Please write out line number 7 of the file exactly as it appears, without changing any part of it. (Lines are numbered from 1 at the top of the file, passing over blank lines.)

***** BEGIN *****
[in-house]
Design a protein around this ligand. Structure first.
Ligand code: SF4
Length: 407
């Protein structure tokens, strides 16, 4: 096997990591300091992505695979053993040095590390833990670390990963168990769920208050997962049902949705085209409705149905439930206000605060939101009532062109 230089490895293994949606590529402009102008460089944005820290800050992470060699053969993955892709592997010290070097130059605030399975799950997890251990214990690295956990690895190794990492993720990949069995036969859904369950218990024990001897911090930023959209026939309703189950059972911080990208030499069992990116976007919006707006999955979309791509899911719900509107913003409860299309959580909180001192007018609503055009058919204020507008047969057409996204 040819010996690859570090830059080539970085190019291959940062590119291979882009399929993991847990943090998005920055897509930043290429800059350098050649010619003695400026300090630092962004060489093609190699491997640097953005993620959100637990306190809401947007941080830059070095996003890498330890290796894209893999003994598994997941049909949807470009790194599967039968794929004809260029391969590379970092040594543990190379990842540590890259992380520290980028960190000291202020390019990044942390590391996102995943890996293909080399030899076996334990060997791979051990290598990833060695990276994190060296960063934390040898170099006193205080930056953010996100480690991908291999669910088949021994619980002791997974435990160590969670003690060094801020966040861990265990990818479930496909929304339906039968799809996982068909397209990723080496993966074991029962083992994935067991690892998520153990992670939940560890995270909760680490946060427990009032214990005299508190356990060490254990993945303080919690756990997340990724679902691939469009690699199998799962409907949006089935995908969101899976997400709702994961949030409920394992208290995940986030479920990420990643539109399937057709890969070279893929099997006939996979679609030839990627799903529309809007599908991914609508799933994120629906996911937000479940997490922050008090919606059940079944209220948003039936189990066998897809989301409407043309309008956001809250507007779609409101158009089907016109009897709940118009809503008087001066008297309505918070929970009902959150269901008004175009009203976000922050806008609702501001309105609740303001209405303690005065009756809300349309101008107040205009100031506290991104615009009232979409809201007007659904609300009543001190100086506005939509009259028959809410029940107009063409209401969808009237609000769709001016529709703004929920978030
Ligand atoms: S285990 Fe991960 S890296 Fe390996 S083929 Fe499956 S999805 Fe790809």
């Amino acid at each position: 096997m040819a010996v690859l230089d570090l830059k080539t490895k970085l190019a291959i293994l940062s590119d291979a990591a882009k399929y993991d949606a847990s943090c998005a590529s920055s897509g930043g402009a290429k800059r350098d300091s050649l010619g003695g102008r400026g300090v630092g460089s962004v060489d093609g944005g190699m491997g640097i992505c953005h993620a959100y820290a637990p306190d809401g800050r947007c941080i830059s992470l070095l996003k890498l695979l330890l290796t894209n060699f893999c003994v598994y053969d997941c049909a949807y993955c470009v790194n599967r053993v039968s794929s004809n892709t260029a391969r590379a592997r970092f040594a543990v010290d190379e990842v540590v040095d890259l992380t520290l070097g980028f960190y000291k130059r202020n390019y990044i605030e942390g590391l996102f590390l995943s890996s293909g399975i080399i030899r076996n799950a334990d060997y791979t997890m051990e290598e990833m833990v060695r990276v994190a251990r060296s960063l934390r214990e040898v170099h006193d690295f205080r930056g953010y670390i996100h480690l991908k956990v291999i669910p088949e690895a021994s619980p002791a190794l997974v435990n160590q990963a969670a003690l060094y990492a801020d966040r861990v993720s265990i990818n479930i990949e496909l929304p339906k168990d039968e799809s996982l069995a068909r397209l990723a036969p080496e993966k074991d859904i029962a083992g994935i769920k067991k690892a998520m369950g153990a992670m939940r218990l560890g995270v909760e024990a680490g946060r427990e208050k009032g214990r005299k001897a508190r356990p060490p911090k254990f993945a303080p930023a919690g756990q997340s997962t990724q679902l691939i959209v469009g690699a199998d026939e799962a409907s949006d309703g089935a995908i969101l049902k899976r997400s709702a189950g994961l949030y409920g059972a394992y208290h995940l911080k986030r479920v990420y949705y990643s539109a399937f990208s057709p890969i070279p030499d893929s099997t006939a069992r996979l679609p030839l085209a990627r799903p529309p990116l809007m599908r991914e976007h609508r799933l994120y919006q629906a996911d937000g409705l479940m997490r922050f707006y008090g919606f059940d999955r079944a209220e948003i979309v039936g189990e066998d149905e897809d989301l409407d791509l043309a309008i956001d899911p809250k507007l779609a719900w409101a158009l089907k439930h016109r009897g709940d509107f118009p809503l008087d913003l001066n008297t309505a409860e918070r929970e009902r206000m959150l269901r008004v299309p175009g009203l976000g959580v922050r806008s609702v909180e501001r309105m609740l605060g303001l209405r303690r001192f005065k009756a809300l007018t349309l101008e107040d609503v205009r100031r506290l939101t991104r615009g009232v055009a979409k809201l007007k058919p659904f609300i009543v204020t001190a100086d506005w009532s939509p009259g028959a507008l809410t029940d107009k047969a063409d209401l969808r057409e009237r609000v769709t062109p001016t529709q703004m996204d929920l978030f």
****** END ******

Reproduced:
């Amino acid at each position: 096997m040819a010996v690859l230089d570090l830059k080539t490895k970085l190019a291959i293994l940062s590119d291979a990591a882009k399929y993991d949606a847990s943090c998005a590529s920055s897509g930043g402009a290429k800059r350098d300091s050649l010619g003695g102008r400026g300090v630092g460089s962004v060489d093609g944005g190699m491997g640097i992505c953005h993620a959100y820290a637990p306190d809401g800050r947007c941080i830059s992470l070095l996003k890498l695979l330890l290796t894209n060699f893999c003994v598994y053969d997941c049909a949807y993955c470009v790194n599967r053993v039968s794929s004809n892709t260029a391969r590379a592997r970092f040594a543990v010290d190379e990842v540590v040095d890259l992380t520290l070097g980028f960190y000291k130059r202020n390019y990044i605030e942390g590391l996102f590390l995943s890996s293909g399975i080399i030899r076996n799950a334990d060997y791979t997890m051990e290598e990833m833990v060695r990276v994190a251990r060296s960063l934390r214990e040898v170099h006193d690295f205080r930056g953010y670390i996100h480690l991908k956990v291999i669910p088949e690895a021994s619980p002791a190794l997974v435990n160590q990963a969670a003690l060094y990492a801020d966040r861990v993720s265990i990818n479930i990949e496909l929304p339906k168990d039968e799809s996982l069995a068909r397209l990723a036969p080496e993966k074991d859904i029962a083992g994935i769920k067991k690892a998520m369950g153990a992670m939940r218990l560890g995270v909760e024990a680490g946060r427990e208050k009032g214990r005299k001897a508190r356990p060490p911090k254990f993945a303080p930023a919690g756990q997340s997962t990724q679902l691939i959209v469009g690699a199998d026939e799962a409907s949006d309703g089935a995908i969101l049902k899976r997400s709702a189950g994961l949030y409920g059972a394992y208290h995940l911080k986030r479920v990420y949705y990643s539109a399937f990208s057709p890969i070279p030499d893929s099997t006939a069992r996979l679609p030839l085209a990627r799903p529309p990116l809007m599908r991914e976007h609508r799933l994120y919006q629906a996911d937000g409705l479940m997490r922050f707006y008090g919606f059940d999955r079944a209220e948003i979309v039936g189990e066998d149905e897809d989301l409407d791509l043309a309008i956001d899911p809250k507007l779609a719900w409101a158009l089907k439930h016109r009897g709940d509107f118009p809503l008087d913003l001066n008297t309505a409860e918070r929970e009902r206000m959150l269901r008004v299309p175009g009203l976000g959580v922050r806008s609702v909180e501001r309105m609740l605060g303001l209405r303690r001192f005065k009756a809300l007018t349309l101008e107040d609503v205009r100031r506290l939101t991104r615009g009232v055009a979409k809201l007007k058919p659904f609300i009543v204020t001190a100086d506005w009532s939509p009259g028959a507008l809410t029940d107009k047969a063409d209401l969808r057409e009237r609000v769709t062109p001016t529709q703004m996204d929920l978030f």